Replacing doors

  • Laminate is produced in batches. This can be an issue if you want to replace the damaged door, as you will never get an exact match, and yes, this extends to whites. 
  • Laminate can fade/discolour over time when in direct sunlight. 
  • Minor chips in 2PAC can be retouched in situ. Or if the damage is extensive, the entire door can be resprayed.
  • 2PAC colour is very stable and highly resistant to fading. 


  • Laminate is available in different pricing “bands”. The most cost-effective is a natural (matte) finish. Dark natural finishes are more prone to showing fingerprints than lighter finishes.
  • The most expensive laminate ranges are the fingerprint-resistant (absolute matte/venette) and the full gloss finishes.
  • 2PAC can be more expensive, BUT this will depend on the laminate finish. The new fingerprint-resistant laminates are comparable to a 2PAC finish. 
  • The total price of joinery will increase parallel to the amount of detail applied to the joinery (Shaker doors, etc.) As a result, a profiled 2PAC kitchen may cost double the budget of a flat panel laminate kitchen of the equivalent size.
  • Darker colours in 2PAC are more expensive than finishes with a light base. 
  • 90% gloss in 2pac is the most expensive finish due to more preparation work pre-spraying and more buffing post-spraying. 

Laminate and 2PAC cheat sheet to compare the finishes

The biggest downside to Laminate is that you can only specify a flat door profile.

However, I’ve said it before, and I’ll repeat it…. again! Never underestimate a flat door profile with an epic handle. This will always be a cost-effective way to make your joinery more unique.

Both finishes have trade-offs and cater to different needs and preferences. The most significant advantage of using a 2PAC finish is the ability to specify any colour, which is vital if you want to match your joinery to your wall colour.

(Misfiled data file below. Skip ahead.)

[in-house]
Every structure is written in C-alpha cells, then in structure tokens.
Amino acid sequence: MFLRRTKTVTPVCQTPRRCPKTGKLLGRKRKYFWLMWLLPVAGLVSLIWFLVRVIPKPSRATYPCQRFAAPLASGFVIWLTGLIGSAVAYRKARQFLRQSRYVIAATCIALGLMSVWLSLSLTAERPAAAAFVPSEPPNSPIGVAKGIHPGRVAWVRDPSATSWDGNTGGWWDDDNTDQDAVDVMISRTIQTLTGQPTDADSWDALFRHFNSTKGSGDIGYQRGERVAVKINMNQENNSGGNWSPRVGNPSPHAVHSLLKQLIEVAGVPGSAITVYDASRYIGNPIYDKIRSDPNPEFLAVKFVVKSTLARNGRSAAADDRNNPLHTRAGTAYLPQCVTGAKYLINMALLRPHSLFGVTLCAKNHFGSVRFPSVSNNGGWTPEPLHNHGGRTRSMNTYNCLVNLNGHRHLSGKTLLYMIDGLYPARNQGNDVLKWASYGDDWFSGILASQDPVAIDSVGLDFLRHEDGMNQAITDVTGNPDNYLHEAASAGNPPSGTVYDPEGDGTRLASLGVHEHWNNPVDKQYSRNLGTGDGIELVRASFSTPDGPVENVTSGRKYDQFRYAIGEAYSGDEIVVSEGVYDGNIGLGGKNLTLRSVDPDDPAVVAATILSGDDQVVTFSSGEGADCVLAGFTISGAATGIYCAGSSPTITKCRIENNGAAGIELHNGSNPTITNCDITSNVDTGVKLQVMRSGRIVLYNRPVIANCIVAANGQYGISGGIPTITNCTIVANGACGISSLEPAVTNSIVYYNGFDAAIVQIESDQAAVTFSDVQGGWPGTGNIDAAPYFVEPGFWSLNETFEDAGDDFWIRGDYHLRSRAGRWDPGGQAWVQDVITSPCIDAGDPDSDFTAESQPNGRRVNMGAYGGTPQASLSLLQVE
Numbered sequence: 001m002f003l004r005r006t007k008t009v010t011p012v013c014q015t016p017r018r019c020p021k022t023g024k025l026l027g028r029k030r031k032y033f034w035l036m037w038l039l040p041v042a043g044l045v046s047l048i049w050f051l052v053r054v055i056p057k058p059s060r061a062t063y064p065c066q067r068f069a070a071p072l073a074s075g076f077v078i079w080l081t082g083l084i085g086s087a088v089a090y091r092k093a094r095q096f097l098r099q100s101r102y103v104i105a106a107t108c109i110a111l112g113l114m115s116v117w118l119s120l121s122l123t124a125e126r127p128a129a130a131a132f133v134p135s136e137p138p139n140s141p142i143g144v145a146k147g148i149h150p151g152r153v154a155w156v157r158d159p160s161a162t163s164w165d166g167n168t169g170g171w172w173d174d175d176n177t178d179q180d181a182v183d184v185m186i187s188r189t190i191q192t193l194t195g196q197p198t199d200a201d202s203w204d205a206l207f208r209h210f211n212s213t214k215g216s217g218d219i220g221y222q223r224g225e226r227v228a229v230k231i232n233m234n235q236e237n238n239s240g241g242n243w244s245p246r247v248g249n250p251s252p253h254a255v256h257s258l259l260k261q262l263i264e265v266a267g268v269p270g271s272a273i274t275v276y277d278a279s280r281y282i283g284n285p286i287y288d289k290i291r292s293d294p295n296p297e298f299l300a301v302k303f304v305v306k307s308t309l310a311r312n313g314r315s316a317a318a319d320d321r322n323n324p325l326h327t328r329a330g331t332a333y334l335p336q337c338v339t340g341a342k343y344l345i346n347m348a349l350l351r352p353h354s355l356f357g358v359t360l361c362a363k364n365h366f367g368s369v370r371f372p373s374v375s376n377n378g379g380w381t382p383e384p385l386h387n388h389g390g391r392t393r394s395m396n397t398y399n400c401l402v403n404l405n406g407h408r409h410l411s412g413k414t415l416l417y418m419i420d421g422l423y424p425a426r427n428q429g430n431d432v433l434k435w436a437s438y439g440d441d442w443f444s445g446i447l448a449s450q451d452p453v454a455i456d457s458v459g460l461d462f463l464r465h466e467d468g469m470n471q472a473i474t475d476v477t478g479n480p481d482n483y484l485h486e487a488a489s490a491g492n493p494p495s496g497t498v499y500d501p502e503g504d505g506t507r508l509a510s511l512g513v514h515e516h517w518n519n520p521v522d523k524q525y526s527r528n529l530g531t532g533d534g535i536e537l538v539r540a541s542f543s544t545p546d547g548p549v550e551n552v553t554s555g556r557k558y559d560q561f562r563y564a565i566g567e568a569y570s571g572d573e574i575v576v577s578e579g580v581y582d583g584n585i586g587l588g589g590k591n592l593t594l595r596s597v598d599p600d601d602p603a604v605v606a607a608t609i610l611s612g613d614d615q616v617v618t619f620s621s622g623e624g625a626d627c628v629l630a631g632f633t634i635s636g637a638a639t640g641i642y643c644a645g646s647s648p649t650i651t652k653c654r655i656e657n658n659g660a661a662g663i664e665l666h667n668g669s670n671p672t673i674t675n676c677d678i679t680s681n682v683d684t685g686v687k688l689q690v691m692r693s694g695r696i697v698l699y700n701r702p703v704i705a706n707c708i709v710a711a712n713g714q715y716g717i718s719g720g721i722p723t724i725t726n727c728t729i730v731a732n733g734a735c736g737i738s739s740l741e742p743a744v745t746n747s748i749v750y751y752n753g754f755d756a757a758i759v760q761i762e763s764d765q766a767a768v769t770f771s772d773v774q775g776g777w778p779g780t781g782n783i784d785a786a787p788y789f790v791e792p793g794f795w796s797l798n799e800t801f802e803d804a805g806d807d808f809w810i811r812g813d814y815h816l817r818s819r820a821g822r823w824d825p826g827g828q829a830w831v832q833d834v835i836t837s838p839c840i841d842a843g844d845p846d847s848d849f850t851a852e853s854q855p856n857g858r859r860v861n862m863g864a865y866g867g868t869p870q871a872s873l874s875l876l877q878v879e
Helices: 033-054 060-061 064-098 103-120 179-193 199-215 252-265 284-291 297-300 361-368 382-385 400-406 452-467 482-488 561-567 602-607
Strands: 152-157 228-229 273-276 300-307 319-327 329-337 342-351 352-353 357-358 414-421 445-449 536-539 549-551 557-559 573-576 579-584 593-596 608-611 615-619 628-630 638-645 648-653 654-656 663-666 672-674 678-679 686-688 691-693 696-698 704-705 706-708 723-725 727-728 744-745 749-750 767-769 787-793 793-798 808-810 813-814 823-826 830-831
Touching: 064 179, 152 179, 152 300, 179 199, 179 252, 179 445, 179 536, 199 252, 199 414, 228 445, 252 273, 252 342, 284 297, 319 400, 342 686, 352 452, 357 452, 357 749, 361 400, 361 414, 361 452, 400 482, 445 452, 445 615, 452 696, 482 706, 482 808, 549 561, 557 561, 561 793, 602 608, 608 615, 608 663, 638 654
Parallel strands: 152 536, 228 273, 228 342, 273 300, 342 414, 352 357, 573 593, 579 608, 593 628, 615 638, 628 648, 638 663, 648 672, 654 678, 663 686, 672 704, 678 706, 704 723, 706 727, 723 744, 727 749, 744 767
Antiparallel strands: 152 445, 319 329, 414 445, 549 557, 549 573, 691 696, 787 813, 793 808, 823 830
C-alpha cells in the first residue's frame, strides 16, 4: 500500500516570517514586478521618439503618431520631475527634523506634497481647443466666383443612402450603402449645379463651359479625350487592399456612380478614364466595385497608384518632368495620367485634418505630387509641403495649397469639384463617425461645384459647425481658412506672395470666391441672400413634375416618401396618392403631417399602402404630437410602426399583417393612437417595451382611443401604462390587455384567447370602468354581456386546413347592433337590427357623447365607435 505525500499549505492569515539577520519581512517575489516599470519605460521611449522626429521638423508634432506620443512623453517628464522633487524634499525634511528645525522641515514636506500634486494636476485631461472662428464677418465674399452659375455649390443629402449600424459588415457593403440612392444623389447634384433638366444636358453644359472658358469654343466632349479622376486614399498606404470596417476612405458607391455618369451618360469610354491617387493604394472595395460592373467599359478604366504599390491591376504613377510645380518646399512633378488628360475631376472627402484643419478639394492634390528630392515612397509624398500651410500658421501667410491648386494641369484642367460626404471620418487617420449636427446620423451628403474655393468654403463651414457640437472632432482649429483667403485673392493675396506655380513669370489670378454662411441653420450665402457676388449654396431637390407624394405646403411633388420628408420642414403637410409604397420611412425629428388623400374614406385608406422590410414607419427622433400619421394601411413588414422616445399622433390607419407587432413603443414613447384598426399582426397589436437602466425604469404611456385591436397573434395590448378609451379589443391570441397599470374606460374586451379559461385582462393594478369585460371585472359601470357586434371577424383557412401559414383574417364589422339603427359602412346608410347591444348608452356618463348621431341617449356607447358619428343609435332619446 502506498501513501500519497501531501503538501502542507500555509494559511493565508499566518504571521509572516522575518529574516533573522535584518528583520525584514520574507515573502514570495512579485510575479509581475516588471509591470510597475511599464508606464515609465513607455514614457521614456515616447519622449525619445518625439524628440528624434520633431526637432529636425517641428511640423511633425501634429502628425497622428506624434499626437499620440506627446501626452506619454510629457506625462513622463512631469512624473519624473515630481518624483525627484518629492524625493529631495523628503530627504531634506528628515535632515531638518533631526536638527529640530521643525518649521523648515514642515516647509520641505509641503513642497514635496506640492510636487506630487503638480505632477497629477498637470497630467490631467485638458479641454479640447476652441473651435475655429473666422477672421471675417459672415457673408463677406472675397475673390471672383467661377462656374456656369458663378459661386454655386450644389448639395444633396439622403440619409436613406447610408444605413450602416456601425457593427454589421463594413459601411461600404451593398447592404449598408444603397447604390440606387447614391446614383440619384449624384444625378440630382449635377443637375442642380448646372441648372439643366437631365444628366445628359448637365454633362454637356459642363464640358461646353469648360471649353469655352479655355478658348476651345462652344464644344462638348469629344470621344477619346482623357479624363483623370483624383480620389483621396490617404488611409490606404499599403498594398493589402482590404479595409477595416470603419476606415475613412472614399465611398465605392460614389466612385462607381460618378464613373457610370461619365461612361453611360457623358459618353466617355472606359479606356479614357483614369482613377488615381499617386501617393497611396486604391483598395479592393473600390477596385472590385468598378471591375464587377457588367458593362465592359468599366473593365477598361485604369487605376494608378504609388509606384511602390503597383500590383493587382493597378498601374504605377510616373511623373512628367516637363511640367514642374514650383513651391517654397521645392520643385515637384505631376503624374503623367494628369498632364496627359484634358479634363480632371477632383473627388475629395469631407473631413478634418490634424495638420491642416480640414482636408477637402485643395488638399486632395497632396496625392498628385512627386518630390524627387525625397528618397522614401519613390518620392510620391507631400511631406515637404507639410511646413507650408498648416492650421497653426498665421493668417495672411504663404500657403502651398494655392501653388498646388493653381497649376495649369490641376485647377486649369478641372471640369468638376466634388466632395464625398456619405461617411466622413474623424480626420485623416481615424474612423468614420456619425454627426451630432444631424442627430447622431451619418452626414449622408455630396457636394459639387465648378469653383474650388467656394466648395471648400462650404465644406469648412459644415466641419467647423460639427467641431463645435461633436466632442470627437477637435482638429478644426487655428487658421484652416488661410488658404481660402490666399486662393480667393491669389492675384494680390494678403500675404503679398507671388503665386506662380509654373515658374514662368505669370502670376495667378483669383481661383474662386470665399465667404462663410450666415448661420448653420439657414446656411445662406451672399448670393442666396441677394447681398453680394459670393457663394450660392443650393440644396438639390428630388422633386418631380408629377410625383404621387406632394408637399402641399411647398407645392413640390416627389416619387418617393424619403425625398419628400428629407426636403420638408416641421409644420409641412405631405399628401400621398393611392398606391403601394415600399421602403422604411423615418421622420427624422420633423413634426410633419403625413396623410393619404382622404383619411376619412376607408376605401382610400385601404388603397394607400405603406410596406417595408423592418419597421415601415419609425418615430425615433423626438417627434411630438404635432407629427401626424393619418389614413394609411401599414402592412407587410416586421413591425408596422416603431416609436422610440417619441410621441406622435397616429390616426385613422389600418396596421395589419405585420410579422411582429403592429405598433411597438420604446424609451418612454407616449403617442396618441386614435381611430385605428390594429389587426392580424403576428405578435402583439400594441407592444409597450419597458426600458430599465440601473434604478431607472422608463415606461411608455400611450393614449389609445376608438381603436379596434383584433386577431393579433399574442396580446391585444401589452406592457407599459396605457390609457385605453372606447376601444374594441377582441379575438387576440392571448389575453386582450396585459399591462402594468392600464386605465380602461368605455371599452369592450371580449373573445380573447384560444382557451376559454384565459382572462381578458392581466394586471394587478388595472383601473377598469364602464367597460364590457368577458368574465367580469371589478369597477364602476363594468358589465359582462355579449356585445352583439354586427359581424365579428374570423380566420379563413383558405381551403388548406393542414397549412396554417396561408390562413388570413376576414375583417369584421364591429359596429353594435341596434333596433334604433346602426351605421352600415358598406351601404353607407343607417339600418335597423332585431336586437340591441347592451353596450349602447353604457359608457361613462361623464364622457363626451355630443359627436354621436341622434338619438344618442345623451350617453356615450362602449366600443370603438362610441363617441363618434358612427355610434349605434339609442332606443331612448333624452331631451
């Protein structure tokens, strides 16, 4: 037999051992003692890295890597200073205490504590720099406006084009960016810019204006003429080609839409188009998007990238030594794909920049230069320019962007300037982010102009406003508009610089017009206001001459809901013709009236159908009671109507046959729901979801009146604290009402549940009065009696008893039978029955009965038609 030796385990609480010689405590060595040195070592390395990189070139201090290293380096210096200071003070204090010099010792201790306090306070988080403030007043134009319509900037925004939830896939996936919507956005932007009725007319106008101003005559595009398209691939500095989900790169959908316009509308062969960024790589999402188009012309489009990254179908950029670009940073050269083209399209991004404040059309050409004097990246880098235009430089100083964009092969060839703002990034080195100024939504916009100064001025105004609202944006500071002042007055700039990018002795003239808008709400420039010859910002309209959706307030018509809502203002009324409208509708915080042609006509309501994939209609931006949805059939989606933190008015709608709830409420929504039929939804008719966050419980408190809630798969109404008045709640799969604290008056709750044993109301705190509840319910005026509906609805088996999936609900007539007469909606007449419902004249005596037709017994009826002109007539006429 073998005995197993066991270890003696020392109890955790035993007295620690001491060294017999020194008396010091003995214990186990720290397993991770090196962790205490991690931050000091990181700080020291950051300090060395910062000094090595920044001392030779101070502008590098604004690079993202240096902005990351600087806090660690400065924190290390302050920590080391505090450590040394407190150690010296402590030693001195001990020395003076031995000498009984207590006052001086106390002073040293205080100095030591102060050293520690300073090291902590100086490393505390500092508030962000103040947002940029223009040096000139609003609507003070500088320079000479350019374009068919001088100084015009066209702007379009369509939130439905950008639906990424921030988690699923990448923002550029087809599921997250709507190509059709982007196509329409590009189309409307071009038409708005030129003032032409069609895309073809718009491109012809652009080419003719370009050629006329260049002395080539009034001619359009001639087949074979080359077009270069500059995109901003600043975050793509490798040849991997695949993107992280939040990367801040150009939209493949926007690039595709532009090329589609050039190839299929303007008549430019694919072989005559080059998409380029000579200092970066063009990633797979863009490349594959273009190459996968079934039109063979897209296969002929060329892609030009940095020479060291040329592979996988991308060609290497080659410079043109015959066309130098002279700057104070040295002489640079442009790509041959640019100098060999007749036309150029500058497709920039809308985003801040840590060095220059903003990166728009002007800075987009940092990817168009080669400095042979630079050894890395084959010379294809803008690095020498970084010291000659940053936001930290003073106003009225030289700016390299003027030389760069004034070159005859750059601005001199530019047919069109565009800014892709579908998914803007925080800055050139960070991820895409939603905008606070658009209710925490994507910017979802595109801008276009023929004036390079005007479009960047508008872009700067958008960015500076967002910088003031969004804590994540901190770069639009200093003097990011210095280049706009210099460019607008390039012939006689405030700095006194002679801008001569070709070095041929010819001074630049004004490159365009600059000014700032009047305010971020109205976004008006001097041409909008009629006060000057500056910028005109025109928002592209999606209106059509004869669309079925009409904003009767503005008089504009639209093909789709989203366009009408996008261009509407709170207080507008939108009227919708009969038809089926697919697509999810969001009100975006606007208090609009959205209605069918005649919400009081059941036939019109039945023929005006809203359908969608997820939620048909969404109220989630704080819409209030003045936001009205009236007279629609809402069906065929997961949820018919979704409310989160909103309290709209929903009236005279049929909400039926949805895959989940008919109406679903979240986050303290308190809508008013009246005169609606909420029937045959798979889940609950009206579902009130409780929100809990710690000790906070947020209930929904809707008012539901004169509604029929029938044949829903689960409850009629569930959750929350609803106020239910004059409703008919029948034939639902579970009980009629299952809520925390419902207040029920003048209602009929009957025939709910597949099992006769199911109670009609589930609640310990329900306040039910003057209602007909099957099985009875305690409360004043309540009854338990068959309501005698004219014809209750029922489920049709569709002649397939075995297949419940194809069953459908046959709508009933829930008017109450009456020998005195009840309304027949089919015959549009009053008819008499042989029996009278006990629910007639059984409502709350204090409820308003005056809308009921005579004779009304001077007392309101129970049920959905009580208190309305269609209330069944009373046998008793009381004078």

Designers often alter joinery finishes within a project to suit the budget. It is not uncommon to use a 2PAC finish in crucial areas such as kitchens and primary bedrooms/bathrooms and then down spec to Laminate in areas such as laundries.

If you compare a flat white door in a natural laminate finish versus a 30% white satin 2PAC finish, then yes, Laminate will be more cost-effective. However, if you took the same flat door in a navy finish in a Laminate absolute matt (fingerprint resistant) versus a navy 2PAC finish in 30% satin, these would be comparable in price.

Both finishes are relatively low-maintenance, wipe up spills and don’t use abrasive cleaning products.

I cover these finishes in more detail along with other common joinery finishes in this guide.

A guide comparing common joinery finishes

Common Joinery Finishes Guide

This Guide Is For Those New To The Industry Or Undertaking A Renovation And Don’t Need The Full Signature Finishes Guide. The Guide covers the most commonly and widely used joinery finishes.

Melamine, Laminate, Vinyl Wrapped, Plywood, Two Pac Polyurethane, Hand painted, Timber Veneers and Solid Timber.